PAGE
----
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I am low-income and am involved in a civil case. Is there a way to reduce or eliminate fees?

When a person wants to file a civil case, the court requires that person to pay a filing fee to start the legal process.   Also, a person who is a party to a case and wants to ask the court to do something by filing a "motion" or a "counterclaim" must also pay a fee.   In order to fully participate in a legal proceeding, courts often require payment of many different costs and fees.

In many situations, you can file your documents in court without payment or with a lower payment if you also file a "poverty affidavit."   A poverty affidavit is a written, sworn statement that you are low income and do not have enough money to pay the fees.   You will need to list your income, assets and dependents on the affidavit.   Once you file a poverty affidavit in a case, the clerk will either not charge you any money or will only charge a small fraction of the normal fee to file most other documents in the same case.

You can complete a poverty affidavit at The Legal Aid Society of Cleveland, even if you are not represented by an attorney from Legal Aid.   If you need a poverty affidavit, go to any Legal Aid office during normal business hours (note recent changes) and request the form from the receptionist.   Be sure you also have the form notarized, which Legal Aid can do as well.   You will need photo identification to have the poverty affidavit notarized.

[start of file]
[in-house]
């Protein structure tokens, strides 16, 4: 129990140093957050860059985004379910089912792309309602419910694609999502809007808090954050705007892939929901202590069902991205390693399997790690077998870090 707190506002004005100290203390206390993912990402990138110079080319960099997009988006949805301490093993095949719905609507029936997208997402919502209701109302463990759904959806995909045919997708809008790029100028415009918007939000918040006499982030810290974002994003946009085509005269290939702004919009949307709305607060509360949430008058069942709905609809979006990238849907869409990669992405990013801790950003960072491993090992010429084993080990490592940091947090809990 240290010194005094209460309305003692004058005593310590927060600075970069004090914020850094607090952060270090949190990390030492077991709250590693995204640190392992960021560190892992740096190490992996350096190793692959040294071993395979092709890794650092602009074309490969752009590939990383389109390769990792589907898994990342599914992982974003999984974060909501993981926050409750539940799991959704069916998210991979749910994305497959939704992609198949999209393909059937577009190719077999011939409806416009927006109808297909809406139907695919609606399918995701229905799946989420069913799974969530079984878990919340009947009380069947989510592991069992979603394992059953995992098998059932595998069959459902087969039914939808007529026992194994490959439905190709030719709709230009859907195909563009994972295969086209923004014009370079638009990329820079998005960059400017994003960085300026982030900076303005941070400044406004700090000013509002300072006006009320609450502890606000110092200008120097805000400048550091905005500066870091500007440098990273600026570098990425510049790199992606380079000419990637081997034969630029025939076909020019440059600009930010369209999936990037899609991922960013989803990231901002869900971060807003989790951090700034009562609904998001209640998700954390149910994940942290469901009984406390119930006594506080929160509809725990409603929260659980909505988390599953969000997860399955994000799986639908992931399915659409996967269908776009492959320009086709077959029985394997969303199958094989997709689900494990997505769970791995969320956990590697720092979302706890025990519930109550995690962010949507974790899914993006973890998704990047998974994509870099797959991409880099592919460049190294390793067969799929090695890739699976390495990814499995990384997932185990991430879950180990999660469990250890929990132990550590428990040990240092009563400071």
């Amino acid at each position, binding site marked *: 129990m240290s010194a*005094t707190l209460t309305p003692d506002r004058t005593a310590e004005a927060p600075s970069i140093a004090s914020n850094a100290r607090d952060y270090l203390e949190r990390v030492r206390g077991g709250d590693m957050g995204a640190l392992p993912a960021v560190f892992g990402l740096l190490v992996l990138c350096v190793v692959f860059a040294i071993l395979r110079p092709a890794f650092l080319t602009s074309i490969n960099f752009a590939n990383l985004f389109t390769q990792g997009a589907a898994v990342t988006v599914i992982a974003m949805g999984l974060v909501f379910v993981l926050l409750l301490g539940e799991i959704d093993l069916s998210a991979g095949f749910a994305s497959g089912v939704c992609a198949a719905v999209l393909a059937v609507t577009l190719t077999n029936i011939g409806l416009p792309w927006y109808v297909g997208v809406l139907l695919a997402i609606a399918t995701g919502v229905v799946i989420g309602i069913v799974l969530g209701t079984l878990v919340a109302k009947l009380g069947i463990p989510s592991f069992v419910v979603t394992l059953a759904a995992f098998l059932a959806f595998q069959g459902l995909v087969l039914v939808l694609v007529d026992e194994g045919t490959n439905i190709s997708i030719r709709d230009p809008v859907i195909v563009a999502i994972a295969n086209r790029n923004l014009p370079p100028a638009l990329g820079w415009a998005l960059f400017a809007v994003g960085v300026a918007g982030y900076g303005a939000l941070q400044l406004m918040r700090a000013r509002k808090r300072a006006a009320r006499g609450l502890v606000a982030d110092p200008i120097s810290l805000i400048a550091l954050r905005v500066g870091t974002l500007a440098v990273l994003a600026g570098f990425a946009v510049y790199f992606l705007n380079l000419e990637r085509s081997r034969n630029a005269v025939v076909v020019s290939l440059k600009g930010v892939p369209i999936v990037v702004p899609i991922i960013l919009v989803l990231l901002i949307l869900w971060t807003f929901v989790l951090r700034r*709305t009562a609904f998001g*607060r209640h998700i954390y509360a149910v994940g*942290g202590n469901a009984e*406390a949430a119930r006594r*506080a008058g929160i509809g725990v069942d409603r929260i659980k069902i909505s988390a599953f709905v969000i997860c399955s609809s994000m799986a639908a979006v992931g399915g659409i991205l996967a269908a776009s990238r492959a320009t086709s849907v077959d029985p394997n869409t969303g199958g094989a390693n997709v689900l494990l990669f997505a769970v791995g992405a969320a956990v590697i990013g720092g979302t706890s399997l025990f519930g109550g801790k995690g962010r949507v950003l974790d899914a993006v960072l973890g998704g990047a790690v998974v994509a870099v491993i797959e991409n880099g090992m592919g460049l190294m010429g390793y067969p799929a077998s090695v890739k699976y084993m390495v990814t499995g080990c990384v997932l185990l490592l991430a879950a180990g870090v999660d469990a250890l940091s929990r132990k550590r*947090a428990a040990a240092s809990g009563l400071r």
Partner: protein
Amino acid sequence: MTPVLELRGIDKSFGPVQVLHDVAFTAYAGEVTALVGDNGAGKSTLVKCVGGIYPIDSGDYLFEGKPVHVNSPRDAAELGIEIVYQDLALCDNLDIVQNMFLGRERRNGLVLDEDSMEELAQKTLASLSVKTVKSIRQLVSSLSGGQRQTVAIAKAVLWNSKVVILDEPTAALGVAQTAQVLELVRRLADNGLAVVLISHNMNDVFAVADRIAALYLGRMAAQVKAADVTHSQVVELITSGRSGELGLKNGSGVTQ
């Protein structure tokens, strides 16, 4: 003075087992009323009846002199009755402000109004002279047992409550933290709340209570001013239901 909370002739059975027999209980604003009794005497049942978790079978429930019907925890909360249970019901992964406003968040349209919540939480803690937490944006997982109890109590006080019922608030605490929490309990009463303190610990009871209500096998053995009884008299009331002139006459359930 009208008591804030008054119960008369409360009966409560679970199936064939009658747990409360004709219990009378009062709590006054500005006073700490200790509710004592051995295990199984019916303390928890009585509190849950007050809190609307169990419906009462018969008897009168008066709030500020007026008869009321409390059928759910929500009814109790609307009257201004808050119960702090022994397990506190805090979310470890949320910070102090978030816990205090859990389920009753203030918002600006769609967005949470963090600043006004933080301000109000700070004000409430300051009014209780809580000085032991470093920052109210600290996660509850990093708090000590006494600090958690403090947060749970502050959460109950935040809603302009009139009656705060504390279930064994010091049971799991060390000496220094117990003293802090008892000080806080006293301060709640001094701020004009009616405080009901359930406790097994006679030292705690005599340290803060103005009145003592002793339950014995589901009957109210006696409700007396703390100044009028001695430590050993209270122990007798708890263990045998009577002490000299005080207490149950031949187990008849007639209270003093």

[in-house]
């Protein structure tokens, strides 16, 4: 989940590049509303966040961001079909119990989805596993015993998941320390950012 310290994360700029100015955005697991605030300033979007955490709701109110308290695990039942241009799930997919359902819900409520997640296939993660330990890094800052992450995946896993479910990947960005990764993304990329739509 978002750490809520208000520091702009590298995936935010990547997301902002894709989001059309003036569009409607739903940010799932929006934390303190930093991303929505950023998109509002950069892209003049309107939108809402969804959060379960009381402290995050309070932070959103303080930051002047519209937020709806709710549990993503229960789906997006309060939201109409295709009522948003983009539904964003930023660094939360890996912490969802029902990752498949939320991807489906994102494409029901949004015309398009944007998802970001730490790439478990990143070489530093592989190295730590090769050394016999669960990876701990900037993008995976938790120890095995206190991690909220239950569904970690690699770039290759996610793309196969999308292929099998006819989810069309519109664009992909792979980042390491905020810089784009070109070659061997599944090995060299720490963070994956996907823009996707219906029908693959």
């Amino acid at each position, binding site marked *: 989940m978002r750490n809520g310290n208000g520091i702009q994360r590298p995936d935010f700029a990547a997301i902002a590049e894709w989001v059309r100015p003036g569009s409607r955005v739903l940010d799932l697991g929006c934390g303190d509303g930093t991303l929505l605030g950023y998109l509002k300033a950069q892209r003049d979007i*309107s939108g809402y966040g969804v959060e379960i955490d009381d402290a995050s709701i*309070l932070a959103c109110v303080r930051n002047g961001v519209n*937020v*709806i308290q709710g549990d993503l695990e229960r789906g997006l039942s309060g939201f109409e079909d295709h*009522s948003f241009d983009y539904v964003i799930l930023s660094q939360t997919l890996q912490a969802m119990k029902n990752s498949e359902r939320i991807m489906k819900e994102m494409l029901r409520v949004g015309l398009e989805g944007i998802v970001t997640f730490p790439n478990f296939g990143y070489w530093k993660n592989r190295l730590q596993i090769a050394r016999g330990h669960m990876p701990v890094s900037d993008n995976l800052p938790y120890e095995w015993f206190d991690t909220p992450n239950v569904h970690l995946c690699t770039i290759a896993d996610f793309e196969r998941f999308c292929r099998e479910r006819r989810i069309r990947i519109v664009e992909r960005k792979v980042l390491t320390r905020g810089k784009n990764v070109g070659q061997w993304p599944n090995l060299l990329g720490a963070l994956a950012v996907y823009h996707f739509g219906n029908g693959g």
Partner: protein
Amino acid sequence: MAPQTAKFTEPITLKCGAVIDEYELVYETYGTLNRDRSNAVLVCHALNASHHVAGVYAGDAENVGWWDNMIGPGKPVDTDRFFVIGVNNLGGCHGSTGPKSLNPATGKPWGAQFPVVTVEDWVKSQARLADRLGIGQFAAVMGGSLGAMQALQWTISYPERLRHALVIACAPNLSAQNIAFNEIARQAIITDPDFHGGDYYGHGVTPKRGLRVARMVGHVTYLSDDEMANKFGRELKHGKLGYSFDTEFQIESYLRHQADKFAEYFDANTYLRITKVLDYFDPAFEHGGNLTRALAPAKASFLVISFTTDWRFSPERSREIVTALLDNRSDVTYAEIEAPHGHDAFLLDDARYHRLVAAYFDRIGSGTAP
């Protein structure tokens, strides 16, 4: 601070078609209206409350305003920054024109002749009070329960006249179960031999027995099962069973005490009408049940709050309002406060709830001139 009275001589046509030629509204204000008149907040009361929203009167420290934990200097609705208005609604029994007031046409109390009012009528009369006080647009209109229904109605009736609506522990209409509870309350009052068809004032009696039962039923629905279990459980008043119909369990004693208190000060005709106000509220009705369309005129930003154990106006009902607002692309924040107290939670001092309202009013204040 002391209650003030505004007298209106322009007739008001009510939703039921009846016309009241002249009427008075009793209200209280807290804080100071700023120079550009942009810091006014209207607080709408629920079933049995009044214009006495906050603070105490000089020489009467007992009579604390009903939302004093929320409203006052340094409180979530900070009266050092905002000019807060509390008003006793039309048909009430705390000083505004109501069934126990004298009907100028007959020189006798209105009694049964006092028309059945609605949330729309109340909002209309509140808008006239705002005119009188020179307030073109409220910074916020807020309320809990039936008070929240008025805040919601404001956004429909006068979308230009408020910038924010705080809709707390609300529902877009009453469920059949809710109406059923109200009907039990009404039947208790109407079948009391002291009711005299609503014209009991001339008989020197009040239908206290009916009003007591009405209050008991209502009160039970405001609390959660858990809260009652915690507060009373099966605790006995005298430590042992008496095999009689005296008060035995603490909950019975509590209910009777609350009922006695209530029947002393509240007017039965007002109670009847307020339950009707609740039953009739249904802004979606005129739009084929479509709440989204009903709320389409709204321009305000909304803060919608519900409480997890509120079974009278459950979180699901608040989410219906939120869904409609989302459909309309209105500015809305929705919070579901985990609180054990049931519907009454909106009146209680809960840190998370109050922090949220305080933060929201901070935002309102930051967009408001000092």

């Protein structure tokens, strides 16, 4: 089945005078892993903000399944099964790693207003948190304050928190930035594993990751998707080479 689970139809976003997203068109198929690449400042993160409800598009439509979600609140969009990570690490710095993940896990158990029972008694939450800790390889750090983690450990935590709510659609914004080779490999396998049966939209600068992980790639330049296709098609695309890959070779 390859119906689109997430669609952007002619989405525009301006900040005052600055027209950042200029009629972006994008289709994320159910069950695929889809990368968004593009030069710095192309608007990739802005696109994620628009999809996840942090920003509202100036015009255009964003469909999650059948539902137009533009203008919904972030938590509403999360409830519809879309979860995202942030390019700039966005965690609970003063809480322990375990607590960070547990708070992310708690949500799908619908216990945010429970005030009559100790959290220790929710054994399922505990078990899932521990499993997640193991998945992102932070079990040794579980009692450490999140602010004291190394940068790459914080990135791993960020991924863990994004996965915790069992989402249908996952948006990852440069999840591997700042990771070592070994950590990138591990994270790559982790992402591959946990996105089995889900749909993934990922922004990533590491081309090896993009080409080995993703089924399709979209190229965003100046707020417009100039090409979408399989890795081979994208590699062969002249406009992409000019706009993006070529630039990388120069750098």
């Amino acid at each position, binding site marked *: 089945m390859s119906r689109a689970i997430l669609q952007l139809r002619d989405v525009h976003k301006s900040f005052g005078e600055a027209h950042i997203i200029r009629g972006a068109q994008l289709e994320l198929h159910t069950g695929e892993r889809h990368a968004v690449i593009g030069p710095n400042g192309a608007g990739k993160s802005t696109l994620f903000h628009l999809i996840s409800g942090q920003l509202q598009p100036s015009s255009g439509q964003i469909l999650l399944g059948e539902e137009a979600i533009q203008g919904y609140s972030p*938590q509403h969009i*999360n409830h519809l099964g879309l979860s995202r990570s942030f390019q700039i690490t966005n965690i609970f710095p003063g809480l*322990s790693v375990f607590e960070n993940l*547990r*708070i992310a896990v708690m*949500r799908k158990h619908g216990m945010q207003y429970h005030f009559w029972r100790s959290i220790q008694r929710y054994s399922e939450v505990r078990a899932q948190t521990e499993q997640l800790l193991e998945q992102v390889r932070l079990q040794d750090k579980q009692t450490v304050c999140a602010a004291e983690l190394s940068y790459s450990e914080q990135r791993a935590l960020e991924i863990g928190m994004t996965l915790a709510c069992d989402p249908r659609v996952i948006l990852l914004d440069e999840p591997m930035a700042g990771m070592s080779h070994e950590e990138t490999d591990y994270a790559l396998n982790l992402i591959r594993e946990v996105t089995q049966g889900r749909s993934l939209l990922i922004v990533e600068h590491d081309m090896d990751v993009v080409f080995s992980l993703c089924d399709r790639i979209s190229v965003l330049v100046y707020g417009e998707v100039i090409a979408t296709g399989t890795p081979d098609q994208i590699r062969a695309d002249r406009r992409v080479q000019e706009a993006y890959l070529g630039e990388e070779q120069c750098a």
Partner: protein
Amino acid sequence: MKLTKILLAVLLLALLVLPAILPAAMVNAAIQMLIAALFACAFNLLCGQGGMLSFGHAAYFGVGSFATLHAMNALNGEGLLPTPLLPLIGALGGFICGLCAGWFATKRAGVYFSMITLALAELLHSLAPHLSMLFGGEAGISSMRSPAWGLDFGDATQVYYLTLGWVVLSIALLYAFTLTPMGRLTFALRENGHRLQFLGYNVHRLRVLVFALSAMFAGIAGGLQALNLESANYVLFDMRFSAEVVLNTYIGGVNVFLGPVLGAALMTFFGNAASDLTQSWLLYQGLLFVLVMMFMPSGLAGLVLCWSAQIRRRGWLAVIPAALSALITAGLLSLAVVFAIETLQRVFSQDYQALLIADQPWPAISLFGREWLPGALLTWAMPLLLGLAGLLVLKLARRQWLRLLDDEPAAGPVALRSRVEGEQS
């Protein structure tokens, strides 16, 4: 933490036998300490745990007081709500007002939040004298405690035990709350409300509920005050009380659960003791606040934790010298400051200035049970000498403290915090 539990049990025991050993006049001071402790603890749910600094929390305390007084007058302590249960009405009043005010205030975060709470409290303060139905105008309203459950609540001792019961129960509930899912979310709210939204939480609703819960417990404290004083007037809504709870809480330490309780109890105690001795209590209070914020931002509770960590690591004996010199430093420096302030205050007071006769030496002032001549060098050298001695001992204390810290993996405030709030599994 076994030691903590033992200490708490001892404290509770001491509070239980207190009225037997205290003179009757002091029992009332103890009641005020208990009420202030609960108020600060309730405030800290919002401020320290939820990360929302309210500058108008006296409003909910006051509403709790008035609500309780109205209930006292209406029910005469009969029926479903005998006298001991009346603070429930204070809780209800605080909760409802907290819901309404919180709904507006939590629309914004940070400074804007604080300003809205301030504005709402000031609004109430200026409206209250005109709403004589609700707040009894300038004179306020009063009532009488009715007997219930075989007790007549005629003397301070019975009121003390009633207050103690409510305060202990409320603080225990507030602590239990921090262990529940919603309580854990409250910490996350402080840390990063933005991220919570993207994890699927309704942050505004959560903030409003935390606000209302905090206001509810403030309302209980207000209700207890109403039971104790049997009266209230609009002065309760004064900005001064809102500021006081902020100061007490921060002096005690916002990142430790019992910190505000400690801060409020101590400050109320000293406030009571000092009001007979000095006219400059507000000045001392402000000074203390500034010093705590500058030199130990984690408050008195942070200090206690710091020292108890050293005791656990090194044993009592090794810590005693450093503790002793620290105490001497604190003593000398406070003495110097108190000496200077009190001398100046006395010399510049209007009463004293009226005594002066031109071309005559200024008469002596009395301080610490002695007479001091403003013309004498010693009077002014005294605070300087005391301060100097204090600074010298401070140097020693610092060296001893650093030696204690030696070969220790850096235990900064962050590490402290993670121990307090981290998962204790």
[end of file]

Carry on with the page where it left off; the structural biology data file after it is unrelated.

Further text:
After you complete a poverty affidavit, you must take it to the clerk of courts where your case is being heard.   The poverty affidavit will only apply to that specific case.   If you have another case at the same or a later time, you will need a second poverty affidavit.   Also, in Ohio, the poverty affidavit allows you to file documents in a case without payment or with lesser payment but does not eliminate all fees.   At the end of the case, you might still be responsible for some fees such as court costs.

This article was written by Legal Aid attorney Anne Sweeney and appeared in The Alert: Volume 29, Issue 1. Click here to read the full issue.

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